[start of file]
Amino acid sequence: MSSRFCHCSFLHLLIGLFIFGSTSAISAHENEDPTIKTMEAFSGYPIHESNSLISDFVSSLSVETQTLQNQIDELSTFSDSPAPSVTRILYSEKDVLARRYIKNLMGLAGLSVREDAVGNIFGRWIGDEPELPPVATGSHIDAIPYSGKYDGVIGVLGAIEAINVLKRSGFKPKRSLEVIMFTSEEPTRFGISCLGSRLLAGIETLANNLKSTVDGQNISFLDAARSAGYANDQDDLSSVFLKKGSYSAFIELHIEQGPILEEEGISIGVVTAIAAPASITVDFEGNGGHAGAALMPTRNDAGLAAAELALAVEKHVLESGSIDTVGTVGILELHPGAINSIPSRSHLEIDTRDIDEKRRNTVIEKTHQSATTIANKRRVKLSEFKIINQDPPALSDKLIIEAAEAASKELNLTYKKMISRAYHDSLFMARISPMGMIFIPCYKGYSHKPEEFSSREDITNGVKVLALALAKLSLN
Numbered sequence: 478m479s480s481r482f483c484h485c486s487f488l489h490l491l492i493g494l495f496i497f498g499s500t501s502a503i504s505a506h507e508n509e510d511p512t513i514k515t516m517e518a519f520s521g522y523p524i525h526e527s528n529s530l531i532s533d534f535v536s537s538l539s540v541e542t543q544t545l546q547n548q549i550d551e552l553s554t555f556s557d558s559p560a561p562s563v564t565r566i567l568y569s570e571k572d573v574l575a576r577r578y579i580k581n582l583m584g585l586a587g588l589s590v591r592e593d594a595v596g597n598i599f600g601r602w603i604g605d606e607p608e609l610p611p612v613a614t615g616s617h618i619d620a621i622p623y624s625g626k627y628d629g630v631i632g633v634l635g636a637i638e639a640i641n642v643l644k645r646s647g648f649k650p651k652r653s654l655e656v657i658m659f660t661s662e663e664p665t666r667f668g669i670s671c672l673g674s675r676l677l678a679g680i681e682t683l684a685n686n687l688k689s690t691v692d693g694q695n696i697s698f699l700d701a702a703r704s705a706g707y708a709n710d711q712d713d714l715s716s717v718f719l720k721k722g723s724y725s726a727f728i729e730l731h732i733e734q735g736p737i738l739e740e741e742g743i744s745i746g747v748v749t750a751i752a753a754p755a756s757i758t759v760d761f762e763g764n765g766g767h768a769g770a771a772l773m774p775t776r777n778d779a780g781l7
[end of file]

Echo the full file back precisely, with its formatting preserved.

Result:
Amino acid sequence: MSSRFCHCSFLHLLIGLFIFGSTSAISAHENEDPTIKTMEAFSGYPIHESNSLISDFVSSLSVETQTLQNQIDELSTFSDSPAPSVTRILYSEKDVLARRYIKNLMGLAGLSVREDAVGNIFGRWIGDEPELPPVATGSHIDAIPYSGKYDGVIGVLGAIEAINVLKRSGFKPKRSLEVIMFTSEEPTRFGISCLGSRLLAGIETLANNLKSTVDGQNISFLDAARSAGYANDQDDLSSVFLKKGSYSAFIELHIEQGPILEEEGISIGVVTAIAAPASITVDFEGNGGHAGAALMPTRNDAGLAAAELALAVEKHVLESGSIDTVGTVGILELHPGAINSIPSRSHLEIDTRDIDEKRRNTVIEKTHQSATTIANKRRVKLSEFKIINQDPPALSDKLIIEAAEAASKELNLTYKKMISRAYHDSLFMARISPMGMIFIPCYKGYSHKPEEFSSREDITNGVKVLALALAKLSLN
Numbered sequence: 478m479s480s481r482f483c484h485c486s487f488l489h490l491l492i493g494l495f496i497f498g499s500t501s502a503i504s505a506h507e508n509e510d511p512t513i514k515t516m517e518a519f520s521g522y523p524i525h526e527s528n529s530l531i532s533d534f535v536s537s538l539s540v541e542t543q544t545l546q547n548q549i550d551e552l553s554t555f556s557d558s559p560a561p562s563v564t565r566i567l568y569s570e571k572d573v574l575a576r577r578y579i580k581n582l583m584g585l586a587g588l589s590v591r592e593d594a595v596g597n598i599f600g601r602w603i604g605d606e607p608e609l610p611p612v613a614t615g616s617h618i619d620a621i622p623y624s625g626k627y628d629g630v631i632g633v634l635g636a637i638e639a640i641n642v643l644k645r646s647g648f649k650p651k652r653s654l655e656v657i658m659f660t661s662e663e664p665t666r667f668g669i670s671c672l673g674s675r676l677l678a679g680i681e682t683l684a685n686n687l688k689s690t691v692d693g694q695n696i697s698f699l700d701a702a703r704s705a706g707y708a709n710d711q712d713d714l715s716s717v718f719l720k721k722g723s724y725s726a727f728i729e730l731h732i733e734q735g736p737i738l739e740e741e742g743i744s745i746g747v748v749t750a751i752a753a754p755a756s757i758t759v760d761f762e763g764n765g766g767h768a769g770a771a772l773m774p775t776r777n778d779a780g781l7